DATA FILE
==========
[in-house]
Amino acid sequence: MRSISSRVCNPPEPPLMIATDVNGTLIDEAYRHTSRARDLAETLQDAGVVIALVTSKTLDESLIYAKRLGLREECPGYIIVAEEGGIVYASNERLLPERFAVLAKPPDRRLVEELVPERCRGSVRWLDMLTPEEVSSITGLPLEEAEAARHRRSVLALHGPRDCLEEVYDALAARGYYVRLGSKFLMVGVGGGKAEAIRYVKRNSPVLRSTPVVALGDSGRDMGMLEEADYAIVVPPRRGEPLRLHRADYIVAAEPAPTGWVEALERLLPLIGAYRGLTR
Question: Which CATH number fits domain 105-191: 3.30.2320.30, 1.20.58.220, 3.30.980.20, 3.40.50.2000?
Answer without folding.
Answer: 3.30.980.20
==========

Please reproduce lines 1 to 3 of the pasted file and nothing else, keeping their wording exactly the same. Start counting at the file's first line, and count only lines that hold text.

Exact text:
[in-house]
Amino acid sequence: MRSISSRVCNPPEPPLMIATDVNGTLIDEAYRHTSRARDLAETLQDAGVVIALVTSKTLDESLIYAKRLGLREECPGYIIVAEEGGIVYASNERLLPERFAVLAKPPDRRLVEELVPERCRGSVRWLDMLTPEEVSSITGLPLEEAEAARHRRSVLALHGPRDCLEEVYDALAARGYYVRLGSKFLMVGVGGGKAEAIRYVKRNSPVLRSTPVVALGDSGRDMGMLEEADYAIVVPPRRGEPLRLHRADYIVAAEPAPTGWVEALERLLPLIGAYRGLTR
Question: Which CATH number fits domain 105-191: 3.30.2320.30, 1.20.58.220, 3.30.980.20, 3.40.50.2000?